ALSO READDelhi HC reserves order on plea of Omar Abdullah in marital dispute BJP criticises Omar for attacking party over Article 35A Omar Abdullah seeks special session of J-K Legislature on Article 35A Omar Abdullah says defending Article 35A isn't 'anti-national' Stop issuing conflicting statements on Kashmir: Omar Abdullah
The Delhi High Court today directed former Jammu and Kashmir Chief Minister Omar Abdullah to participate "without any delay" in the maintenance proceedings involving his estranged wife in a family court here. Justice Sangita Dhingra Sehgal said Omar should address the arguments in the matter before the family court on December 12 and "would not seek any adjournment and without any delay". The court passed the order on Omar's plea challenging the maintenance proceedings involving his estranged wife Payal Abdullah. It had earlier reserved its order on Omar's plea which had claimed that the petition moved by Payal and their two sons seeking maintenance from him, was not maintainable. Payal's counsel had vehemently opposed Omar's plea and said the National Conference leader's wife has been deserted for over a year and "left to beg to pay the fees" of their two sons. Omar's lawyer had argued before the high court that Payal had her own business and a house in the national capital and therefore she has to first establish that she cannot maintain herself to be entitled for the relief. The lawyer had also contended that their two sons were adults now and therefore, they too cannot seek maintenance. In his plea, Omar had sought directions to the family court here to first decide the maintainability of Payal's plea before it decided on the issue of interim maintenance. He has also challenged the family court's September 9, 2016 order issuing summons to him in the maintenance case. The next date of hearing before the family court is December 12, the lawyers had told the high court. On August 30 last year, a trial court had dismissed Omar's plea seeking divorce from Payal, saying he had failed to prove irretrievable breakdown of their marriage. His appeal in the high court against the trial court decision is still pending.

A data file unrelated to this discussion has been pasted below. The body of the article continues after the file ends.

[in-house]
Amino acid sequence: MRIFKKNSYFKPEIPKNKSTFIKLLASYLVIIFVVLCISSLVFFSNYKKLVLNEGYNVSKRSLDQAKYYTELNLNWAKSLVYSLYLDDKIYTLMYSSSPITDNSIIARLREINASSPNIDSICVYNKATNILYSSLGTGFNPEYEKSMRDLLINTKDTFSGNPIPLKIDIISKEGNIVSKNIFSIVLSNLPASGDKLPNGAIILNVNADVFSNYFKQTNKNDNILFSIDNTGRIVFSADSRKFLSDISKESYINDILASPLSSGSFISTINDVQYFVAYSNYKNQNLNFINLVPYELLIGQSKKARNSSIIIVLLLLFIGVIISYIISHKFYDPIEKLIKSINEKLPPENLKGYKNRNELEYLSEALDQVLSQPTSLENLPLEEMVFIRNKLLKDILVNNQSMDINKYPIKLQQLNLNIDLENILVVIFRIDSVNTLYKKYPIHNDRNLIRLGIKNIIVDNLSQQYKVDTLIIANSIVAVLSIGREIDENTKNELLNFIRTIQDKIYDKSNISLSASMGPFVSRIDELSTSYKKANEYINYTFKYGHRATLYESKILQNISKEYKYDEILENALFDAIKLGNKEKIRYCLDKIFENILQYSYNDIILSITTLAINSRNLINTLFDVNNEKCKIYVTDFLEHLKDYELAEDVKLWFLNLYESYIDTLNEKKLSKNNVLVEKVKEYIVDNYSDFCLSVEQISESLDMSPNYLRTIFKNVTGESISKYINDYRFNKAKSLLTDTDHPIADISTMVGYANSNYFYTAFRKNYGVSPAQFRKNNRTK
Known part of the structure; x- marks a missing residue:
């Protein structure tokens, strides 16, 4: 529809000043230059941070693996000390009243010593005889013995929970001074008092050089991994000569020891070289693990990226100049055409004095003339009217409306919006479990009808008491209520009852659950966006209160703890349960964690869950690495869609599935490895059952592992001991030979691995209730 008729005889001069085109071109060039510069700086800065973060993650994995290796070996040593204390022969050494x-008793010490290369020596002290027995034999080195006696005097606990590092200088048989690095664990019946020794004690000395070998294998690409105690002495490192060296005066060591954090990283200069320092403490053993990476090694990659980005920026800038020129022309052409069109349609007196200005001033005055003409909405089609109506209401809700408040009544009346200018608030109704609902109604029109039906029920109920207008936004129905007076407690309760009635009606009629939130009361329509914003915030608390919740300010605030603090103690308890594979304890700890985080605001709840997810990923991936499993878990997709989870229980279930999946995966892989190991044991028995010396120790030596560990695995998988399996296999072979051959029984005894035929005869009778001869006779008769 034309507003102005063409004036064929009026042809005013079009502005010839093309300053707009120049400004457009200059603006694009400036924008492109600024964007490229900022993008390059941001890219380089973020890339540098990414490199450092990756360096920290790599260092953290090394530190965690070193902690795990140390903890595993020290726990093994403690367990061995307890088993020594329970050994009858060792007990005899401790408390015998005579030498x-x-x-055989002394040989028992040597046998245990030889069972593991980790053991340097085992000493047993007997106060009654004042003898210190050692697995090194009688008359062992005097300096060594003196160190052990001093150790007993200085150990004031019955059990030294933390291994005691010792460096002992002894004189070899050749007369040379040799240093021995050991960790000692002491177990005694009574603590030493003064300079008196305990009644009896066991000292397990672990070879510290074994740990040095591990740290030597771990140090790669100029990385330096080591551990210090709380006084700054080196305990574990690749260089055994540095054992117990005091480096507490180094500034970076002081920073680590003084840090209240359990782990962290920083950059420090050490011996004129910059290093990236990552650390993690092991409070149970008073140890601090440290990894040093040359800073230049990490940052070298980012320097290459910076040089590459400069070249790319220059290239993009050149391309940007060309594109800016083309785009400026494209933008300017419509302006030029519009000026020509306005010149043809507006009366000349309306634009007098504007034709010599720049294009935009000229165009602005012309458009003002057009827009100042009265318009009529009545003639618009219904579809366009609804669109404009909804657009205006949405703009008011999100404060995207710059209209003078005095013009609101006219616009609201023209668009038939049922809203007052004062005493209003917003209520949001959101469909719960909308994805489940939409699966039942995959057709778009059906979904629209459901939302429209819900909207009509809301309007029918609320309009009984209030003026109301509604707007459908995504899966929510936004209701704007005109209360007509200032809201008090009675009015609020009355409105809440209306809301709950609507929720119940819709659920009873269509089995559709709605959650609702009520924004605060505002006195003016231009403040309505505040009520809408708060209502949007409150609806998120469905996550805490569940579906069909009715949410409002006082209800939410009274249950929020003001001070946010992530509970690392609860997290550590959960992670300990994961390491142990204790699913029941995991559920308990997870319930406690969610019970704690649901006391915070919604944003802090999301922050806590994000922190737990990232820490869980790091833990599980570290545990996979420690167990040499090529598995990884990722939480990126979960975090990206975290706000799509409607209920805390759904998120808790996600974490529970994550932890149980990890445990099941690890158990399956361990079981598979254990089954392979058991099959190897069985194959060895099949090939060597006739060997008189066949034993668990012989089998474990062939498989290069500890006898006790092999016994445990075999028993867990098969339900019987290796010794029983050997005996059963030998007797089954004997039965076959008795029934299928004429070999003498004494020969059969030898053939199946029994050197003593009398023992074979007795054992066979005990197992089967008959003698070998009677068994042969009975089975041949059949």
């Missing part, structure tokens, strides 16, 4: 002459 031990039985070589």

(This story has not been edited by Business Standard staff and is auto-generated from a syndicated feed.)